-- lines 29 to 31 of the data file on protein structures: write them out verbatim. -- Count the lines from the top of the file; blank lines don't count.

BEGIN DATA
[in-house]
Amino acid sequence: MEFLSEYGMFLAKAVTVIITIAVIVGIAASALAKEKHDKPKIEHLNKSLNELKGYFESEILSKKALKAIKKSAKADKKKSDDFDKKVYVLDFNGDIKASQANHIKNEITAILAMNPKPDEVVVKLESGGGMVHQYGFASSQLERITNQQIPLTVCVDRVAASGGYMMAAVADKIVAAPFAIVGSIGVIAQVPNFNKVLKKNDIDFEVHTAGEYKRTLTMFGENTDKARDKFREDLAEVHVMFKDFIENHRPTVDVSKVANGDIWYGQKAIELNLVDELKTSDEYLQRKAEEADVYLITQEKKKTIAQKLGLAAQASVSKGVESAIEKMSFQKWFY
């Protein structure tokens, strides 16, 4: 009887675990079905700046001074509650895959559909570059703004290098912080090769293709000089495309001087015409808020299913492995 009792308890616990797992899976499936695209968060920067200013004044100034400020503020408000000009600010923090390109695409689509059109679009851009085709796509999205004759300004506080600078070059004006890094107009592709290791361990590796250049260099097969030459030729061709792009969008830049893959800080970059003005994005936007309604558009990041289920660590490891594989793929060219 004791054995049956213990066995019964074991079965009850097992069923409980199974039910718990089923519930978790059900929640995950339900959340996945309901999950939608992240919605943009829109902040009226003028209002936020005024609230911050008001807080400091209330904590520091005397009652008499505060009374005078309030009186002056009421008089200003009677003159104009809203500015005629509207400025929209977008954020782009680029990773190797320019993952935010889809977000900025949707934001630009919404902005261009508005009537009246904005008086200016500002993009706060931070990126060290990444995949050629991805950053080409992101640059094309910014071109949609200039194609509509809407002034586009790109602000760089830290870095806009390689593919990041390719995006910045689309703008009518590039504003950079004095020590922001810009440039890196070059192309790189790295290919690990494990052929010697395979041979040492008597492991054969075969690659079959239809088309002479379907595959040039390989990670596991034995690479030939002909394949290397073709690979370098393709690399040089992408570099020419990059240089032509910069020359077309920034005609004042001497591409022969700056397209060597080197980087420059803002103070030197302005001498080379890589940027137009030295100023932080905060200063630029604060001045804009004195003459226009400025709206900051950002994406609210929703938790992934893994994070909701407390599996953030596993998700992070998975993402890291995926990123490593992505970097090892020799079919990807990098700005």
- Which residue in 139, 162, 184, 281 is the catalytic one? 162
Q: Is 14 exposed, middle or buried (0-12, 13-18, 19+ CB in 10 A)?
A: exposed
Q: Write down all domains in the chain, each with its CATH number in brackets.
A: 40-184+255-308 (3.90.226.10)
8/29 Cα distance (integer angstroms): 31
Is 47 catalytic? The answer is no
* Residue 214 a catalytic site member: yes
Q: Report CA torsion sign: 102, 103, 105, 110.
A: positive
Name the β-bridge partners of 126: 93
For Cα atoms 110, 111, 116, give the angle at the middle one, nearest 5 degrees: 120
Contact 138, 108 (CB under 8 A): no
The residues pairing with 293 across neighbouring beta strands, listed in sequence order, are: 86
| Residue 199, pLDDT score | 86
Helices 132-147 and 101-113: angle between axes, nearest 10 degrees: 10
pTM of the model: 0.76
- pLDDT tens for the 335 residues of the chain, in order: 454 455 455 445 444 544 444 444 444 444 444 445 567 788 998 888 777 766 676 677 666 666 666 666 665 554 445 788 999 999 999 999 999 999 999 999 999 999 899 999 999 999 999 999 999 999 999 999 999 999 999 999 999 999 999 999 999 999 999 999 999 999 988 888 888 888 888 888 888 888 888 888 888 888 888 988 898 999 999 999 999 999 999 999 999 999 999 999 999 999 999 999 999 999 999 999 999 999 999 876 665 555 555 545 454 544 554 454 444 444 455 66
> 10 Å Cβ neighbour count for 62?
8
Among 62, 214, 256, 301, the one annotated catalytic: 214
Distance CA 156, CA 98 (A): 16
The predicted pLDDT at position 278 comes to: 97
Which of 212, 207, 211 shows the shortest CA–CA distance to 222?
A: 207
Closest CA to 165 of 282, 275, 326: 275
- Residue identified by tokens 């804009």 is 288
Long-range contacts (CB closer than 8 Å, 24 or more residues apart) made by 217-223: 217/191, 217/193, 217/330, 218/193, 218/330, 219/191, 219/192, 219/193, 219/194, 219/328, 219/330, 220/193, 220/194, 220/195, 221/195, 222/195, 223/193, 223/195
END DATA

Closest CA to 165 of 282, 275, 326: 275
- Residue identified by tokens 């804009």 is 288
Long-range contacts (CB closer than 8 Å, 24 or more residues apart) made by 217-223: 217/191, 217/193, 217/330, 218/193, 218/330, 219/191, 219/192, 219/193, 219/194, 219/328, 219/330, 220/193, 220/194, 220/195, 221/195, 222/195, 223/193, 223/195